Being a developing country, India has witnessed many agricultural revolutions. Green Revolution was the biggest of them all, as it helped Indian farmers become independent. Over the years, we witnessed various shortcomings of the Green Revolution like deterioration in soil quality and excessive use of fertilizers. To combat these problems M.S.Swaminathan came up with an updated model called the Evergreen Revolution. Read on to find out more details about the significance, concepts and impact of the Evergreen Revolution!
This Blog Includes:
What is the Green Revolution and Why Did it Fail?
M. S. Swaminathan observed in his research that the green revolution was degrading the environment be it soil depletion, groundwater pollution, soil erosion, loss of fertility, or loss of biodiversity. He wanted to fix this problem by making agriculture more sustainable whilst looking at the poverty rate of India.
- The green revolution was introduced in India to accelerate the agriculture of India and make them bread-earners from beggars. Though India became self-sufficient and even sufficient enough to export crops, major loopholes and drawbacks were faced by the farmers and by India as a whole
- The land started to lose its fertility to a point that there was an extreme decline in the cultivable land by person ratio. The greed of growing more and more was so demonic that the resources such as water and land were depleting at an alarming rate
- More fertilizers were being used which eventually decreased the yield rate and increased soil erosion which then seeped into the groundwater and was contaminating the potable water
- Initially being a boon for the Indians but eventually, the green revolution needed to be rectified to stop further animosities.
Need for Evergreen Revolution
- Soil depletion by the excessive use of fertilizers
- Groundwater contamination by the chemicals
- Loss of fertility
- Climate change
- Regional disparities
- Loss of biodiversity
- Increased use of unsustainable agriculture methods
- Farmers getting burdened by loans
Also Read: Blue Revolution
Main Components of Evergreen Revolution
The main objective of the green revolution was to increase the production of crops, double farmer’s incomes, and maintaining environmental sustainability by using high-yielding seeds whilst educating the farmers about informative and communicative technologies(ICT). Farmers were informed and educated about weather alerts, the sowing period, the prices of products, and introduced services like e-Kranti which is a technology with real-time price information, payment with online banking, and online ordering of inputs.
The main components of the evergreen revolution are up-gradation of soil health and fertility, using high-yielding seeds, using lab-to-land demonstration, and implementing rainwater harvesting instead of contaminating the existing groundwater.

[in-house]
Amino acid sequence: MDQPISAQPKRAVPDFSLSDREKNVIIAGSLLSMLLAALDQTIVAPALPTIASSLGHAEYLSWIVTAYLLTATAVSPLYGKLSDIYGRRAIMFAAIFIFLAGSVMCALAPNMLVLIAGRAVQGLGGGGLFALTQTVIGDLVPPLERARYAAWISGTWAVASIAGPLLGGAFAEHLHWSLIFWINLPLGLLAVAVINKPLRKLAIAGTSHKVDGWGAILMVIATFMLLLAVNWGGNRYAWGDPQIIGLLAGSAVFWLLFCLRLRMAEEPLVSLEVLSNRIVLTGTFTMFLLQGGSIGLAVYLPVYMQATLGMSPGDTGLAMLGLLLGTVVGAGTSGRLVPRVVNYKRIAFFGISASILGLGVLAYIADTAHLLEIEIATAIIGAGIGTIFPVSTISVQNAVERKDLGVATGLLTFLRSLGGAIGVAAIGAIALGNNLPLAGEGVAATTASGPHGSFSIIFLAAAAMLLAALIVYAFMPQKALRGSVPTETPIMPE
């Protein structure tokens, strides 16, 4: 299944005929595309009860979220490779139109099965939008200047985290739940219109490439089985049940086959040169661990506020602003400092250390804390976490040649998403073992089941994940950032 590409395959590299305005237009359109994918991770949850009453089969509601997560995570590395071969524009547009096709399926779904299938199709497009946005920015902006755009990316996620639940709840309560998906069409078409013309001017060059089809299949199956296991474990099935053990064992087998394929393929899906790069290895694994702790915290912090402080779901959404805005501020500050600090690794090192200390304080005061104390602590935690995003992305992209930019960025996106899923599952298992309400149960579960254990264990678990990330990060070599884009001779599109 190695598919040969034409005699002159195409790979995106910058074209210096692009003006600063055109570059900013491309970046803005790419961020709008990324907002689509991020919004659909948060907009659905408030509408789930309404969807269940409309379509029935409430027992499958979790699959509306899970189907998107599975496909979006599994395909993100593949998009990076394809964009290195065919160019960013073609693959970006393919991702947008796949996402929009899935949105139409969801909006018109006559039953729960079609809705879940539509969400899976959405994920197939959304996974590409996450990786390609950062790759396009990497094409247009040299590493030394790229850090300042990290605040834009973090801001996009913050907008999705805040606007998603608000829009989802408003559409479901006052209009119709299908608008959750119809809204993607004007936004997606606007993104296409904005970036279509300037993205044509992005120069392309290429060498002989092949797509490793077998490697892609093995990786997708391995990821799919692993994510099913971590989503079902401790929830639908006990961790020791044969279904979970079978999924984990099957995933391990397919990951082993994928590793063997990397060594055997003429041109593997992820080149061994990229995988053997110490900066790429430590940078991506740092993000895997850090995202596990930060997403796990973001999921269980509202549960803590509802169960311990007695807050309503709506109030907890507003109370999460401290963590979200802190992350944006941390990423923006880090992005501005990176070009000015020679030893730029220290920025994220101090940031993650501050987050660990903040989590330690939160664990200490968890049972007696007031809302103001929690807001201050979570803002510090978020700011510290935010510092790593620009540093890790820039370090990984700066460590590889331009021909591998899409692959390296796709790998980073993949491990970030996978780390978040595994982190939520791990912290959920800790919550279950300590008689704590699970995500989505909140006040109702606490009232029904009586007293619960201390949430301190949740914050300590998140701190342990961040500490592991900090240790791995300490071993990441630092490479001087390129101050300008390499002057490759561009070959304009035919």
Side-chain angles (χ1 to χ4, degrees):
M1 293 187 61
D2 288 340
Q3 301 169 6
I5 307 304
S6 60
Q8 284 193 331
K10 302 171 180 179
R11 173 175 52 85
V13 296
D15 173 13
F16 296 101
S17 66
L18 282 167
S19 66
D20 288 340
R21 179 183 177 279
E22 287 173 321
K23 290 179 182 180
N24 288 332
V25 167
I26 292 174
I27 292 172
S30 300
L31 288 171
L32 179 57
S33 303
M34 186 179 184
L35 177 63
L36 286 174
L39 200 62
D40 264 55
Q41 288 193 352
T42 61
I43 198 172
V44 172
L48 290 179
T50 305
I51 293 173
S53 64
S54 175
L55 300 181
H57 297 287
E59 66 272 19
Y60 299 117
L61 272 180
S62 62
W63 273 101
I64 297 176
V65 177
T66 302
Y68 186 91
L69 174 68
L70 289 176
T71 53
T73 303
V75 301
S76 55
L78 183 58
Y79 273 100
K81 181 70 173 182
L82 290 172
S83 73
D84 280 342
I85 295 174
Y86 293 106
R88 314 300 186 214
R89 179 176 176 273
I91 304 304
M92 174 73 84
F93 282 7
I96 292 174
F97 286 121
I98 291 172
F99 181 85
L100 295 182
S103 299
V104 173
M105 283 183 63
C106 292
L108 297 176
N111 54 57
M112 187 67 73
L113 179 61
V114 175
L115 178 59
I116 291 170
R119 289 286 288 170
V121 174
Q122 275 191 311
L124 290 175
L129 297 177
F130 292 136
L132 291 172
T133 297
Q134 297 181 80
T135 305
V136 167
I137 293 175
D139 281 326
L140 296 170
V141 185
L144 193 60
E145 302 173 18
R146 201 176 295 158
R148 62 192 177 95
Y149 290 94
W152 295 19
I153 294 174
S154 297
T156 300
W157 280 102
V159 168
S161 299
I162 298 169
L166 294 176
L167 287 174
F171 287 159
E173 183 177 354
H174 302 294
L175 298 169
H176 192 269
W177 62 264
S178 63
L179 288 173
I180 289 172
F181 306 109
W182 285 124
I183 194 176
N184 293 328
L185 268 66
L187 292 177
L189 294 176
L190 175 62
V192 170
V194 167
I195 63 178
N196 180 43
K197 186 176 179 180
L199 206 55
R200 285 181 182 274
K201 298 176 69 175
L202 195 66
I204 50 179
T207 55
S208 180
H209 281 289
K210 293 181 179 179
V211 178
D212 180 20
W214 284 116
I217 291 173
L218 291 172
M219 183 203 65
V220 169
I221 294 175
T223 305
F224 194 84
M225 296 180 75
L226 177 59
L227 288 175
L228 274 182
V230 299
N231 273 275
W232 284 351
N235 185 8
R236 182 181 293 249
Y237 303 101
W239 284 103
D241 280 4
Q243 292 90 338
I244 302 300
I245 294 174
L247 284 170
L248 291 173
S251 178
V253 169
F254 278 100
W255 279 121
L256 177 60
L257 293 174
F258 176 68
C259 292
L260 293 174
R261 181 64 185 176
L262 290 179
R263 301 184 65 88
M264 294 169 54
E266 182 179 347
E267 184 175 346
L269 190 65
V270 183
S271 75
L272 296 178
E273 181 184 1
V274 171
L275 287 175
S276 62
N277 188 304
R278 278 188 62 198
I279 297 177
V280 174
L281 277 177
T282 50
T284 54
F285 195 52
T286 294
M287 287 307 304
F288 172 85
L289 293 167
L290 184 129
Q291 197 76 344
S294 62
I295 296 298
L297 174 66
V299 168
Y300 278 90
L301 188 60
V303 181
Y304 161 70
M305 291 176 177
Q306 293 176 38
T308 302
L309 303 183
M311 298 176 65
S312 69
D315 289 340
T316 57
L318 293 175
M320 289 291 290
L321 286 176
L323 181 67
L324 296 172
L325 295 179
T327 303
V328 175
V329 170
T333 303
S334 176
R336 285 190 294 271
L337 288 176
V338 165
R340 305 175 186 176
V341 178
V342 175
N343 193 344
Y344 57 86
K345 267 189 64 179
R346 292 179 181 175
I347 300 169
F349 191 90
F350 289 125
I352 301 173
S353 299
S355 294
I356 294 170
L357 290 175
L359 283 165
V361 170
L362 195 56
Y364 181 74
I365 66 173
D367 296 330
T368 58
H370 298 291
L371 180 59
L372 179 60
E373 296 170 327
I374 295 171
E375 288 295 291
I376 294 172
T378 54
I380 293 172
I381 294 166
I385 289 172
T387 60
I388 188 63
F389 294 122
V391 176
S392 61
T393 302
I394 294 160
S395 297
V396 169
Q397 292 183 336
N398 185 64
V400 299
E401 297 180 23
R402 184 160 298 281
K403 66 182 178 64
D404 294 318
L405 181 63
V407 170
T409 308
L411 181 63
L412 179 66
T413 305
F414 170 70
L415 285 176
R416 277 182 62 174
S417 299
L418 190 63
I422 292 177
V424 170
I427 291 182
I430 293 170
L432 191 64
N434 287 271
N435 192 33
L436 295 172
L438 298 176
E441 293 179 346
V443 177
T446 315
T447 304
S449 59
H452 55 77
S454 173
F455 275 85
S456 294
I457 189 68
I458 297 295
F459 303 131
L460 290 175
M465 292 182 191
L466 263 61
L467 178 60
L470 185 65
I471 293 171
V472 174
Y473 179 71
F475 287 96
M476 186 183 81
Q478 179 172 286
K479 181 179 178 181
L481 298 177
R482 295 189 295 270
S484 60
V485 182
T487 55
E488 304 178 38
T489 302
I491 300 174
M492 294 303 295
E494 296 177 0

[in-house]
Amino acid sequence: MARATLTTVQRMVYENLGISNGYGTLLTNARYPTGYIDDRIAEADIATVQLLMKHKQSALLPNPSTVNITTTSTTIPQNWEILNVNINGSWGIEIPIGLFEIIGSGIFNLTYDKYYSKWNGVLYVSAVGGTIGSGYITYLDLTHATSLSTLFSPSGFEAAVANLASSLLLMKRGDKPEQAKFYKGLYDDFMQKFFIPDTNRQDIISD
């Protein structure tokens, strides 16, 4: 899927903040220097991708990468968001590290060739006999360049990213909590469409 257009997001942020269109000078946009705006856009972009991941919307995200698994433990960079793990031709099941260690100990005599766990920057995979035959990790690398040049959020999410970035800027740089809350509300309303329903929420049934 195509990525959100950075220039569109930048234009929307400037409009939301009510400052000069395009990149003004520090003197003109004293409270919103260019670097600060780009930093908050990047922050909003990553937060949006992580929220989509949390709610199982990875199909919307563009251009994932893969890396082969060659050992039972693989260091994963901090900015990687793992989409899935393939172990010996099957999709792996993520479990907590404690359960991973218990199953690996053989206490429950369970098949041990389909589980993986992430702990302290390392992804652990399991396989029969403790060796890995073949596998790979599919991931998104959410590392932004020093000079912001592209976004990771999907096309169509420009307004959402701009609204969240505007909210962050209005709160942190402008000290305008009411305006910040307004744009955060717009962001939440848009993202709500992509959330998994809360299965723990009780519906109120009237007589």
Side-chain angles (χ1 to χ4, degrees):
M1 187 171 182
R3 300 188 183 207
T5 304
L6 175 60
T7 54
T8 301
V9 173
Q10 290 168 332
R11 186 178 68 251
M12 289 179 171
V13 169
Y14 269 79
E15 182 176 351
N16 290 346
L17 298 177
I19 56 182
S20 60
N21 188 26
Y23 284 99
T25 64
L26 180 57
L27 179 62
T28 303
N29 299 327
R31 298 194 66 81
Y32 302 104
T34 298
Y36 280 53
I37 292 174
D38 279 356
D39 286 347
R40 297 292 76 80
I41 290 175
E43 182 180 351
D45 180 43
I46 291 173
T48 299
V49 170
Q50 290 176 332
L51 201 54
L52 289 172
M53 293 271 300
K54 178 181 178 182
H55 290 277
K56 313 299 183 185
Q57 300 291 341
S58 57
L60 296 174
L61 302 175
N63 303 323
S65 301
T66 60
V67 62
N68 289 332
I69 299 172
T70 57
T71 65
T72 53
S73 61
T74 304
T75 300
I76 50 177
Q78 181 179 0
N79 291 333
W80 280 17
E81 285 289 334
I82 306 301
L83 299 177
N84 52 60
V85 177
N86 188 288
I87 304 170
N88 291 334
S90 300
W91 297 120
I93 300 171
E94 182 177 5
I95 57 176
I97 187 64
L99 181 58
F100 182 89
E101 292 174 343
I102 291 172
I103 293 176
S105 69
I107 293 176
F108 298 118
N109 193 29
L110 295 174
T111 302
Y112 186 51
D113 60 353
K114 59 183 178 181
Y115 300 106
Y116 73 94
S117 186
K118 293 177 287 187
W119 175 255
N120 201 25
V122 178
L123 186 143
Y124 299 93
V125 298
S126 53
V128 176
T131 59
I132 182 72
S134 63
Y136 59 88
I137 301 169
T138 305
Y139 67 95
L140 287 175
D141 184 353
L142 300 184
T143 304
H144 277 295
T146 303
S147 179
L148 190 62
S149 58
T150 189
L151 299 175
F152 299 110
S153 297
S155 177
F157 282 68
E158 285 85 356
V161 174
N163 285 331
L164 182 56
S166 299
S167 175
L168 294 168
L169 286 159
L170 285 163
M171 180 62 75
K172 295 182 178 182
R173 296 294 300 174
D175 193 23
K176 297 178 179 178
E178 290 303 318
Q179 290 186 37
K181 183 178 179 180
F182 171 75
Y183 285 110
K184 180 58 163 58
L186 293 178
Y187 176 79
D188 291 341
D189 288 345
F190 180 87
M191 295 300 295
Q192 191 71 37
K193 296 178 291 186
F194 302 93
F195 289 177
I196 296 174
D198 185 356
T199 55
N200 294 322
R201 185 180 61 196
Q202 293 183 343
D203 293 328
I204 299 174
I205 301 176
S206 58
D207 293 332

Also Read: Golden Revolution
Evergreen Revolution and Food Security in India
Food security means the ability of a country to procure or produce adequate amounts of food supply for its current and future population. Looking at the population of India it was concerning that with the decrease in soil productivity how would India produce sufficient to feed its people the only solution was to produce more and more. The fear of stagnation of the growth of food crops was the biggest concern. The following steps were taken to improve the food security of India:
- Building public distribution system
- Introduction of food supplementation programs to improve food intake in the vulnerable sections of the society
- Direct and indirect food subsidy
- Improving purchasing power
- National surveys were made to make sure these measures were being taken seriously
- Availability, access, and absorption were the main goals
- Production of rice and wheat increased
The main focus of M S Swaminathan was to lessen the import of resources and increase local production and improve the food security of India.
Also Read: Black Revolution
International Research Network
To increase farming systems productivity, there is an immediate need for an international research network that can facilitate knowledge and technology sharing amongst farmers. The research is needed in the sectors of:
(i) integrated gene management
(ii) higher factor productivity, with particular reference to water and nutrients
(iii) precision farming and development of the biological software essential for sustainable agriculture
(iv) bioorganic agriculture combining relevant features of organic farming and biotechnology
(v) biomass utilization for adding economic value to every part of the biomass
Also Read: Grey Revolution
NITI Aayog’s 3-year Solution Map
The NITI Aayog has come up with a 3-year plan for making prices for farmers remunerative and to take agriculture in India to new heights by increasing the productivity of farming.
The main goals are an increase in the production of food crops like rice and wheat, and pulses, use of wasteland, and model contract farming. Cutting-edge technologies will be used, promotion of deep-sea fishing, promotion of climate-resilient indigenous breeds of cows and buffaloes, increase of cropping intensity by 1 million hectares per year through the utilization of rice fallow areas for pulses and oil-seeds. All these amendments and plans claim to increase the food security in India and aim to improve the quality of farming and agriculture by making it sustainable for good.
India still requires firm policies for the future that ensure sustainable and environmental-friendly production of goods. If you are looking for a unique course in agriculture, get in touch with our experts at Leverage Edu, and get guidance in choosing the right program. Sign up for an e-meeting with us!